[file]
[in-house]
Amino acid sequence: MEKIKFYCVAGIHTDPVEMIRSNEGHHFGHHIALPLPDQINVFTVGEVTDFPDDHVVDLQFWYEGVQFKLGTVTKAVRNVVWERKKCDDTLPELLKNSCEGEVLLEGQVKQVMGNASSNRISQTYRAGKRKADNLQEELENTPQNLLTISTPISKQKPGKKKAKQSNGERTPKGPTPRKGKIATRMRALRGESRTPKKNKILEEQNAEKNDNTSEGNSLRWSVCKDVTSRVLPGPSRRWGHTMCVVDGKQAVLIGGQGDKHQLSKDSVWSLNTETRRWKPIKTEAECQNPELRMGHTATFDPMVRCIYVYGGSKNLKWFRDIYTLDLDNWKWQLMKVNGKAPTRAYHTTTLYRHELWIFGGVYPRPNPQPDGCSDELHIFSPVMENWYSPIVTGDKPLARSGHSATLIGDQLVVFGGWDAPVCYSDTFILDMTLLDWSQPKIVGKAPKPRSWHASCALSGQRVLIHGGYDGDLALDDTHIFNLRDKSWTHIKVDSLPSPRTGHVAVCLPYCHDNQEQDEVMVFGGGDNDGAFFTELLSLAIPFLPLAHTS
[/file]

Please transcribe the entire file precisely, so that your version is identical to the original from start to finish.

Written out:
[in-house]
Amino acid sequence: MEKIKFYCVAGIHTDPVEMIRSNEGHHFGHHIALPLPDQINVFTVGEVTDFPDDHVVDLQFWYEGVQFKLGTVTKAVRNVVWERKKCDDTLPELLKNSCEGEVLLEGQVKQVMGNASSNRISQTYRAGKRKADNLQEELENTPQNLLTISTPISKQKPGKKKAKQSNGERTPKGPTPRKGKIATRMRALRGESRTPKKNKILEEQNAEKNDNTSEGNSLRWSVCKDVTSRVLPGPSRRWGHTMCVVDGKQAVLIGGQGDKHQLSKDSVWSLNTETRRWKPIKTEAECQNPELRMGHTATFDPMVRCIYVYGGSKNLKWFRDIYTLDLDNWKWQLMKVNGKAPTRAYHTTTLYRHELWIFGGVYPRPNPQPDGCSDELHIFSPVMENWYSPIVTGDKPLARSGHSATLIGDQLVVFGGWDAPVCYSDTFILDMTLLDWSQPKIVGKAPKPRSWHASCALSGQRVLIHGGYDGDLALDDTHIFNLRDKSWTHIKVDSLPSPRTGHVAVCLPYCHDNQEQDEVMVFGGGDNDGAFFTELLSLAIPFLPLAHTS